Please join us in celebrating many of our graduating seniors on Tuesday, May 9 from 6-8p in the Swartz Center (adjoining Loughran Hall). Students enrolled in our Senior Seminar (ENGL 495) will be presenting their capstone research projects to faculty, friends, and family.
Abstracts of the students’ research are included below, for your reading pleasure.
Fostering Empathy through Modern Intersectional Poets Dean Atta and Rupi Kaur
To live responsibly in an interdependent world, empathy surely tops the list as a necessary quality a student must possess. By teaching modern poets who are multicultural or have aspects of intersectionality—the interconnected nature of social categorizations such as race, class, and gender—within the formal education system, students and teachers alike would be able to unveil the inherent value of poetry within contemporary society. Fostering empathy through modern intersectional poetry within formal education system will help to alleviate the current social and racial tensions within the United States, as well as work to promote abstract and critical thinking. For example, Dean Atta, a homosexual black artist in his early thirties, and Rupi Kaur, an Indian-Canadian 24-year-old “Instapoet” are two modern intersectional poets that students should study in order to spark discussion on the current issues of gender identification, sexuality, body-shaming, violence, racism, and love in the twenty-first century.
Through their strong messages of cultural and sexual acceptance, Atta’s collection, I Am Nobody’s Nigger, along with Kaur’s collection, Milk and Honey, inspire readers to connect emotion and meaning to modern day issues. Therefore, these poets deserve their place in the standard curricula alongside traditional poets so that students may be equipped with enough empathy and understanding to enter into “the real world” with a love for diversity and variety of life. Especially with the current refugee crises here in the United States, and an increase in violence against and objectification of women, incorporating modern poetry that is relevant to students’ lives is extremely important for molding future social justice advocates and critical thinkers who can solve problems with an empathic mind.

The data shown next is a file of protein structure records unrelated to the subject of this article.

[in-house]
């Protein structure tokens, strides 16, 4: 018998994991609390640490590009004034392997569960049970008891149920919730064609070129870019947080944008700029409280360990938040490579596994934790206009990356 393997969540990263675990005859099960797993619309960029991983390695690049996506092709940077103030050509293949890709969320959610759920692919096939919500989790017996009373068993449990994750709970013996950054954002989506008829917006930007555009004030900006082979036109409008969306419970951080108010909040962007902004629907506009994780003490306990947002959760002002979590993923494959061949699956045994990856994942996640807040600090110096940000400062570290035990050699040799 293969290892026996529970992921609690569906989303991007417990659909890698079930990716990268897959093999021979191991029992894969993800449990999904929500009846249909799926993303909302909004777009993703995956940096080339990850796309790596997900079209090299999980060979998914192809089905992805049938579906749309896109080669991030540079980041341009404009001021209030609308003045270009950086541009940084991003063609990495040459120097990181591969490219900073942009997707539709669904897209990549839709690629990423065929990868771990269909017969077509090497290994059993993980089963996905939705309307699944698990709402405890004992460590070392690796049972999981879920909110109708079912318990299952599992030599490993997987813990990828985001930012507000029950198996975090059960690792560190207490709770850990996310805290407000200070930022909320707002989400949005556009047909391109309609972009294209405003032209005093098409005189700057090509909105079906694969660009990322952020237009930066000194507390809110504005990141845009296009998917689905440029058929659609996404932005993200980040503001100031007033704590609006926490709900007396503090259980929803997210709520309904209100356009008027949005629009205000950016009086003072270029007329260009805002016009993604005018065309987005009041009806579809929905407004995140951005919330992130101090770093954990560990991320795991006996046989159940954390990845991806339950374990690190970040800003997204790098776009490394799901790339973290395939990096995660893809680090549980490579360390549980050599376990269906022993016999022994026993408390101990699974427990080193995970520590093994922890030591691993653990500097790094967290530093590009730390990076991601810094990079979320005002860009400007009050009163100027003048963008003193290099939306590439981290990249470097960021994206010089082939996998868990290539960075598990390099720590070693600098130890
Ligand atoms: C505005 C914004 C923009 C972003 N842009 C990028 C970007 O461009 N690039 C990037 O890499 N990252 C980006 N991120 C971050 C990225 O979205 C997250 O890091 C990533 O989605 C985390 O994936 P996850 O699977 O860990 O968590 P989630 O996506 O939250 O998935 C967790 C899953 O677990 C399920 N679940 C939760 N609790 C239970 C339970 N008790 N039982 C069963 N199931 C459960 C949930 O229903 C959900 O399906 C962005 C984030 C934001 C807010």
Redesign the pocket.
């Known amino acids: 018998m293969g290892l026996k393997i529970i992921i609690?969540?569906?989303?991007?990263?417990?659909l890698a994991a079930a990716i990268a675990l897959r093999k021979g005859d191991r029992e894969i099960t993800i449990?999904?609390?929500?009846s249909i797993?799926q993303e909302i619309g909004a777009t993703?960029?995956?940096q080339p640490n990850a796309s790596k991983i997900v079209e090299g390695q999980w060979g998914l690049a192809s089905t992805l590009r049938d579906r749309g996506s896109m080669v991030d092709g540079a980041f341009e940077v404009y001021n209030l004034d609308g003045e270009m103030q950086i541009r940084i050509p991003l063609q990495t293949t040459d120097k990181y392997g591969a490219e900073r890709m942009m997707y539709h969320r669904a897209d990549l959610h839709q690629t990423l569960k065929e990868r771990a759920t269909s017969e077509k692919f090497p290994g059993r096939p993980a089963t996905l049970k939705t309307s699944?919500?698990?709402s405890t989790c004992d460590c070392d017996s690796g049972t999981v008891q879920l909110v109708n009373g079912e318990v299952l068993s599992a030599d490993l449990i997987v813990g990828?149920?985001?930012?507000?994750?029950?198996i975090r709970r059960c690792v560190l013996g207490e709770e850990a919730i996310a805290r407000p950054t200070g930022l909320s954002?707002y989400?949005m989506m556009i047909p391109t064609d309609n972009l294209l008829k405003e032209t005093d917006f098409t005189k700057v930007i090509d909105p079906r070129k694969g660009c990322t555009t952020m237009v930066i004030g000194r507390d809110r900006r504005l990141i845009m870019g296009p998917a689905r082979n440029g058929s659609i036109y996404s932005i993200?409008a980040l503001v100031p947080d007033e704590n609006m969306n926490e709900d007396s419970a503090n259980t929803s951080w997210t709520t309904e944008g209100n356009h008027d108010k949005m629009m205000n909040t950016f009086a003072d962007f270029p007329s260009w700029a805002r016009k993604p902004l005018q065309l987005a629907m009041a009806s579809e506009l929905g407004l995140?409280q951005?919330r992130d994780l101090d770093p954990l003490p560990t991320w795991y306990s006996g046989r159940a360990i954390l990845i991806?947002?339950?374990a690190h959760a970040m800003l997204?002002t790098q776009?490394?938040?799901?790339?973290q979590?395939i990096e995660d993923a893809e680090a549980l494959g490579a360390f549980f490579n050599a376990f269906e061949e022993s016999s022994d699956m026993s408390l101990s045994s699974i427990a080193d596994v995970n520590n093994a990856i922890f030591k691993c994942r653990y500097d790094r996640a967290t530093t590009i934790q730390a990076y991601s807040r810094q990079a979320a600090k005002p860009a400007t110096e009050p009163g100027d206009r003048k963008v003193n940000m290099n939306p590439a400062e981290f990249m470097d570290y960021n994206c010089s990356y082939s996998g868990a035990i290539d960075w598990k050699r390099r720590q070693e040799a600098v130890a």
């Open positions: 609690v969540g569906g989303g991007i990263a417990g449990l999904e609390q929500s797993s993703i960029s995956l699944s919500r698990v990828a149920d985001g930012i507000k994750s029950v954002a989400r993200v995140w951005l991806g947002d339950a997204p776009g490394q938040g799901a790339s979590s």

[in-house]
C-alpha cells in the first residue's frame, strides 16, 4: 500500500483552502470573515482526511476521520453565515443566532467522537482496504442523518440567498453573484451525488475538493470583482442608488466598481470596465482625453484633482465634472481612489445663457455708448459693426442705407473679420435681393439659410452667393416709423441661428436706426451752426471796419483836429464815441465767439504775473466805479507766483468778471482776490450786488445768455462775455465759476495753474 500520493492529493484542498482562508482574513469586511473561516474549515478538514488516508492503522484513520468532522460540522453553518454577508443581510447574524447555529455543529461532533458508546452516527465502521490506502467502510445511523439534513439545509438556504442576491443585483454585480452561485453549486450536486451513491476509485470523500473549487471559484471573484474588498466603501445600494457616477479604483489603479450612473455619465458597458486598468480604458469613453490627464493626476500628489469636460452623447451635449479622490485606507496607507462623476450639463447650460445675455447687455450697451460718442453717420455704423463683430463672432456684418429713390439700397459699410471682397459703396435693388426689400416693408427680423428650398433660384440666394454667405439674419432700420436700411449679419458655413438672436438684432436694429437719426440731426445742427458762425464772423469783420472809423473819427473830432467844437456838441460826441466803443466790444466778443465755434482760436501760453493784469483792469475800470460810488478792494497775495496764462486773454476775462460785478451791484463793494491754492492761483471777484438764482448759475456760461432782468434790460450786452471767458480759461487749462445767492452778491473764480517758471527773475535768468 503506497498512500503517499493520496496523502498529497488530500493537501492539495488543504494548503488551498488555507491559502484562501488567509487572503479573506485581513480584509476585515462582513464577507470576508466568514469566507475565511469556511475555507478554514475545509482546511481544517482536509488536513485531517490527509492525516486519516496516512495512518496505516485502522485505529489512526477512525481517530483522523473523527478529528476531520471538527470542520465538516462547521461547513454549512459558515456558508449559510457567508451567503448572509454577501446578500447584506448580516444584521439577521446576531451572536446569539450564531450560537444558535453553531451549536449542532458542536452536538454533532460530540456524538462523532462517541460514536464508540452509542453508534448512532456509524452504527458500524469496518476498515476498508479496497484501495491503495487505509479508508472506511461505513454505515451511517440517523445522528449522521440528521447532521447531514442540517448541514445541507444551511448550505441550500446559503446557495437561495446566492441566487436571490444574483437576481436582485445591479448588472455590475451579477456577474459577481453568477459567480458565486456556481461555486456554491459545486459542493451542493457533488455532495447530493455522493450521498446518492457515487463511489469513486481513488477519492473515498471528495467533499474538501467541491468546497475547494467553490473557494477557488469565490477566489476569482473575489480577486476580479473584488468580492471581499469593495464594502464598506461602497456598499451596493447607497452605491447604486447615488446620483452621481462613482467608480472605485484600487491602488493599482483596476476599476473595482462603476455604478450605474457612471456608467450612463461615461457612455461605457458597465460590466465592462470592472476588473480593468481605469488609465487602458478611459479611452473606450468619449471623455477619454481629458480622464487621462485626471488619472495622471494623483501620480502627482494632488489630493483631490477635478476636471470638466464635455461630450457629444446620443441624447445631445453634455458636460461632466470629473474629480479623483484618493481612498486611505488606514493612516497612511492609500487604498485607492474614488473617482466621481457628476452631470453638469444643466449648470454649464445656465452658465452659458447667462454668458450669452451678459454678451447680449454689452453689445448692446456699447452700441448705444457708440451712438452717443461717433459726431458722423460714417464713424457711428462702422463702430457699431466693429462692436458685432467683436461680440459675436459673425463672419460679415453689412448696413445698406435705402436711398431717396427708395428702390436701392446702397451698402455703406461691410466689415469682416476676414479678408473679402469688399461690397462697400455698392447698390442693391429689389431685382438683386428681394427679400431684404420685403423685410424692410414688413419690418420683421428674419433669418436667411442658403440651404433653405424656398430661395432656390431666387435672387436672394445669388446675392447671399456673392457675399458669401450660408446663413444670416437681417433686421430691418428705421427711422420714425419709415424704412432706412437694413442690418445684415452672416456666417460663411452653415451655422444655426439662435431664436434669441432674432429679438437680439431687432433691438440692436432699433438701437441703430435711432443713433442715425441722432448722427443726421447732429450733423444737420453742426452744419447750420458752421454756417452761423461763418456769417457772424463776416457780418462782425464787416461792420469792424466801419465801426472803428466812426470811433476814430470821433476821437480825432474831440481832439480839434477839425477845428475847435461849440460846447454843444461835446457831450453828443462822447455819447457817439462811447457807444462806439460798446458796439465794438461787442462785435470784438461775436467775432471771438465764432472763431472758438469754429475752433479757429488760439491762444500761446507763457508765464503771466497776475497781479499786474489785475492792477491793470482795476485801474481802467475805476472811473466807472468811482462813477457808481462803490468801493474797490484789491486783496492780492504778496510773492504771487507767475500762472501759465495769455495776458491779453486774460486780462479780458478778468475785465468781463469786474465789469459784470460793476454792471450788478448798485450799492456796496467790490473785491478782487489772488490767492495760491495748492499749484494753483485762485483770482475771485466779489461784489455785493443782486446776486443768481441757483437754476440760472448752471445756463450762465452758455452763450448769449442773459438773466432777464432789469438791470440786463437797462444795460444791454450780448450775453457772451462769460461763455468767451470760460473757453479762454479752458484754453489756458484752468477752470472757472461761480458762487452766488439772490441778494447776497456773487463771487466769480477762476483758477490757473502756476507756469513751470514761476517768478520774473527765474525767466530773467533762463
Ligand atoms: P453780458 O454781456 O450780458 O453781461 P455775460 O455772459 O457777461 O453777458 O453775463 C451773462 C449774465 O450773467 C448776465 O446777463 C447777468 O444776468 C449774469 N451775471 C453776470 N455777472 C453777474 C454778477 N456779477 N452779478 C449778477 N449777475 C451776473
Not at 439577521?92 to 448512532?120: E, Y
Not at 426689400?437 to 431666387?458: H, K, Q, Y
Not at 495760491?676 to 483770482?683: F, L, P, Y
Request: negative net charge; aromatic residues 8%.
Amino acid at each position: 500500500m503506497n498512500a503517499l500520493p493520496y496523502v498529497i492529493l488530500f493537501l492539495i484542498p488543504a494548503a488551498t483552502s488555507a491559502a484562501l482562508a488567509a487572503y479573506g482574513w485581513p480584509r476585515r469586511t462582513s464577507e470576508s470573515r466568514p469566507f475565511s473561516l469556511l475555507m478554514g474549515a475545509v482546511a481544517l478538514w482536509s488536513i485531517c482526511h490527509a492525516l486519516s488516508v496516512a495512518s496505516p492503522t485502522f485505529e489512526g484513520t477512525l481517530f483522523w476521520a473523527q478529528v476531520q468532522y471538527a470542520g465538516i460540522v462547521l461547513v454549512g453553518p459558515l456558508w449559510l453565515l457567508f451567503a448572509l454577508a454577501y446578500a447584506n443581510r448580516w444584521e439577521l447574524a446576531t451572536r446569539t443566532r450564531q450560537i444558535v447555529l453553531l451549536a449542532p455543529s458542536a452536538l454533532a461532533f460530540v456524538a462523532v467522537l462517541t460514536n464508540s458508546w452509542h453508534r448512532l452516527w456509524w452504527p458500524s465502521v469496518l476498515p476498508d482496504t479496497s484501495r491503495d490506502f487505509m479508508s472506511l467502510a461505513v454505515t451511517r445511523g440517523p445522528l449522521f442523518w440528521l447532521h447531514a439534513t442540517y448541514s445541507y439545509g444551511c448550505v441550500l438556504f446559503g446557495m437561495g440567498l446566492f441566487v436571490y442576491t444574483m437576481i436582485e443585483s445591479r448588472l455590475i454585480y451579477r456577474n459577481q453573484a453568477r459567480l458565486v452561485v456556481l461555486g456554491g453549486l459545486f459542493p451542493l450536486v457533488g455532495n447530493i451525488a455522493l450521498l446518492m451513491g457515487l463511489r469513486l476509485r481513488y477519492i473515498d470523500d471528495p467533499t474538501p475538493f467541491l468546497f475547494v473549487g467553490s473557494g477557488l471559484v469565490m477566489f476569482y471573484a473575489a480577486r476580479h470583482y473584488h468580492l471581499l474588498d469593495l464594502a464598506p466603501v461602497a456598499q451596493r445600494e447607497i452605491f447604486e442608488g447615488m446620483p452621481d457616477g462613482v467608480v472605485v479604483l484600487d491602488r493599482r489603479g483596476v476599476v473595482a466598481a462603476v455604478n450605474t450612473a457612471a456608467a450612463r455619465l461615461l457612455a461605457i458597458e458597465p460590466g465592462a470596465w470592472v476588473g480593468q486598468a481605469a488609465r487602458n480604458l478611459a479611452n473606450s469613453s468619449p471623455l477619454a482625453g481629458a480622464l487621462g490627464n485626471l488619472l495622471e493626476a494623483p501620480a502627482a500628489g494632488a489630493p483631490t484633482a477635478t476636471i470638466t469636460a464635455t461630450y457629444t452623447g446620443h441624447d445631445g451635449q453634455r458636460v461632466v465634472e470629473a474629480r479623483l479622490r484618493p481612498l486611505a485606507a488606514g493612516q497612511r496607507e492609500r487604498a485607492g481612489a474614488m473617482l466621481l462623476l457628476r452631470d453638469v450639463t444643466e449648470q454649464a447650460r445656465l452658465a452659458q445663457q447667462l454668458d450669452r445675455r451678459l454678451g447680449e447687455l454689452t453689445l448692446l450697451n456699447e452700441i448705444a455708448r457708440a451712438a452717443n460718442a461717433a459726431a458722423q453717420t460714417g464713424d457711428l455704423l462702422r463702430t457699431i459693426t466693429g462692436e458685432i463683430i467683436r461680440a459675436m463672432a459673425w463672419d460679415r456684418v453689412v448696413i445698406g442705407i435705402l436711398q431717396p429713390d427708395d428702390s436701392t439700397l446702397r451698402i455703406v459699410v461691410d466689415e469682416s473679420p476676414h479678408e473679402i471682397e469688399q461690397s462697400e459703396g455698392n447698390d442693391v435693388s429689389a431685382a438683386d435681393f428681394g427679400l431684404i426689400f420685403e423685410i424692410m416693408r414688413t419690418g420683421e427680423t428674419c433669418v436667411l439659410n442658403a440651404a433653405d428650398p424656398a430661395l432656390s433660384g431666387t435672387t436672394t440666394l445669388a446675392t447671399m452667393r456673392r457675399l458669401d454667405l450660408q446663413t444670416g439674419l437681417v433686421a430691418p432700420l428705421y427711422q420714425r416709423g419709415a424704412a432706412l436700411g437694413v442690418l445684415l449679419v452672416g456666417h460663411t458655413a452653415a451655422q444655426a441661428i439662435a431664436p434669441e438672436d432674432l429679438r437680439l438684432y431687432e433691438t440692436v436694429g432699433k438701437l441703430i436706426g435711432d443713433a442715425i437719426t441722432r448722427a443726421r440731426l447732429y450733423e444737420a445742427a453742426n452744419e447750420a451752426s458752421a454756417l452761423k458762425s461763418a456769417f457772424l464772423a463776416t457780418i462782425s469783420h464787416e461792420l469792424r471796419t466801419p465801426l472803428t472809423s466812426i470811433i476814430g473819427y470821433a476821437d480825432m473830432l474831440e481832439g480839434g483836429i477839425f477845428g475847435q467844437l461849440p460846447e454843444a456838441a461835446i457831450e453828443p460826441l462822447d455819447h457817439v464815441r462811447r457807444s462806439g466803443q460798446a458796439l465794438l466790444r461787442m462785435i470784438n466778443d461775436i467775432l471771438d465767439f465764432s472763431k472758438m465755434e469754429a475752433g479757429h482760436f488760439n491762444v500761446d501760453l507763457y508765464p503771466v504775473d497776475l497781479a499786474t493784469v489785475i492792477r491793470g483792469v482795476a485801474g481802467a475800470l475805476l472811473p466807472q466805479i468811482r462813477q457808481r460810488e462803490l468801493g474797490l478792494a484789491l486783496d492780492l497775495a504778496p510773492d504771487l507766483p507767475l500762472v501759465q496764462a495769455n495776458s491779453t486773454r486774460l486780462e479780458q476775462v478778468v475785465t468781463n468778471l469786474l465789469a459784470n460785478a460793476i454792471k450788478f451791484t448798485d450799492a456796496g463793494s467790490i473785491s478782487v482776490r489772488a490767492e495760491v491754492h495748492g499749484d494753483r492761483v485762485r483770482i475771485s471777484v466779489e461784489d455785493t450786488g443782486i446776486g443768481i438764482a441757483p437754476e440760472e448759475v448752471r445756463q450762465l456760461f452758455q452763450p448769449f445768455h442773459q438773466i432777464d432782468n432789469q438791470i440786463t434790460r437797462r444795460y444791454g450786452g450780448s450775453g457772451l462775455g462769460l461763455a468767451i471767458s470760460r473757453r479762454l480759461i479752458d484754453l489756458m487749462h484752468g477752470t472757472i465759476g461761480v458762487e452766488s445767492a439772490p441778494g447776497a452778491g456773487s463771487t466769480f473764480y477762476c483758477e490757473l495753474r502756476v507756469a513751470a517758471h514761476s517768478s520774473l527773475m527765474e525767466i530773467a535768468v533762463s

Thomas A. Collins
Warren Peace: Leadership, Utopian Society, and the Hare Apparent in Watership Down
A warren, the underground home of rabbits serves as a sanctuary hidden from the potential threats of the natural world. Above ground, rabbits have many things to fear, a slew of predators eager to become the cause of their demise, one thousand enemies in fact, if the myth of the legendary rabbit El-ahrairah is to be believed. Animals, when injected into a fantastic world such as a fantasy novel, become far more than ordinary creatures. British author Richard Adams’ masterwork Watership Down magically teleports the reader to a fantasy world of displaced rabbits who seek a warren in which they can fully participate, while simultaneously offering invaluable lessons of inclusive community and a universal leadership model through the trials and tribulations of a fictional society in search of collective happiness.
From the violent world of Tolkien, to the looking glass of C. S. Lewis, fantasy novels mirror the export of consciousness that humans absorb during dreams as readers seek respite from their less extraordinary waking world. Whether based upon dreams, or the resultant nightmares, fantasy novels are engrained in society’s exploration of who they are and who they wish to become. Dreams, like the fantasy novels, have an uncanny way of rapping on the door of our subconscious, offering alternative imaginings to supplement the reality of human existence. Keeping in mind Albus Dumbledore’s advice to young Harry Potter “It does not do to dwell on dreams and forget to live.” the correct approach to exploring the world of a fantasy novel is a careful one. Therefore, what lies ahead is not an exposition on dreams but an invitation to explore leadership within the incredible nonexistent boundaries of the fantasy genre.